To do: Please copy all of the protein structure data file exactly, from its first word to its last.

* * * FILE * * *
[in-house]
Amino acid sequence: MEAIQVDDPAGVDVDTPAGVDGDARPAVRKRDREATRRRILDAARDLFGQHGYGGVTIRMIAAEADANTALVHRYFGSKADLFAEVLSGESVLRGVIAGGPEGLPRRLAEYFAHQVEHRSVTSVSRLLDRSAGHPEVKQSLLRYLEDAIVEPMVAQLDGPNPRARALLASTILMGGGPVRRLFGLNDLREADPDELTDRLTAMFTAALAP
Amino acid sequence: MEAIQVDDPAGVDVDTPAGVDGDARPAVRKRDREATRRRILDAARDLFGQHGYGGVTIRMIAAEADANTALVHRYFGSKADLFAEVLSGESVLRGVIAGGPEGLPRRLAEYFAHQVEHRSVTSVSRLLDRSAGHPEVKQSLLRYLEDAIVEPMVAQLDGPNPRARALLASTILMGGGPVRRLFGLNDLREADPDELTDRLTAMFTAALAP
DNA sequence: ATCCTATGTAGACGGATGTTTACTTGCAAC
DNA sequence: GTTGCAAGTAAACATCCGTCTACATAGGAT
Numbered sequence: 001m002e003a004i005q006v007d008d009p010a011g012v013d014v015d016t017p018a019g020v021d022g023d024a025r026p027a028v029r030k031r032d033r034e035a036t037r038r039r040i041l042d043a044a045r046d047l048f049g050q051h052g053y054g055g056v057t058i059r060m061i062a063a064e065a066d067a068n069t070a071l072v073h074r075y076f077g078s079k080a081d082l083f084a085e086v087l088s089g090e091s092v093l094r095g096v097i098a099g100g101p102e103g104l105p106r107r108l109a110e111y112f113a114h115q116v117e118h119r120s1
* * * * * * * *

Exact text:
[in-house]
Amino acid sequence: MEAIQVDDPAGVDVDTPAGVDGDARPAVRKRDREATRRRILDAARDLFGQHGYGGVTIRMIAAEADANTALVHRYFGSKADLFAEVLSGESVLRGVIAGGPEGLPRRLAEYFAHQVEHRSVTSVSRLLDRSAGHPEVKQSLLRYLEDAIVEPMVAQLDGPNPRARALLASTILMGGGPVRRLFGLNDLREADPDELTDRLTAMFTAALAP
Amino acid sequence: MEAIQVDDPAGVDVDTPAGVDGDARPAVRKRDREATRRRILDAARDLFGQHGYGGVTIRMIAAEADANTALVHRYFGSKADLFAEVLSGESVLRGVIAGGPEGLPRRLAEYFAHQVEHRSVTSVSRLLDRSAGHPEVKQSLLRYLEDAIVEPMVAQLDGPNPRARALLASTILMGGGPVRRLFGLNDLREADPDELTDRLTAMFTAALAP
DNA sequence: ATCCTATGTAGACGGATGTTTACTTGCAAC
DNA sequence: GTTGCAAGTAAACATCCGTCTACATAGGAT
Numbered sequence: 001m002e003a004i005q006v007d008d009p010a011g012v013d014v015d016t017p018a019g020v021d022g023d024a025r026p027a028v029r030k031r032d033r034e035a036t037r038r039r040i041l042d043a044a045r046d047l048f049g050q051h052g053y054g055g056v057t058i059r060m061i062a063a064e065a066d067a068n069t070a071l072v073h074r075y076f077g078s079k080a081d082l083f084a085e086v087l088s089g090e091s092v093l094r095g096v097i098a099g100g101p102e103g104l105p106r107r108l109a110e111y112f113a114h115q116v117e118h119r120s1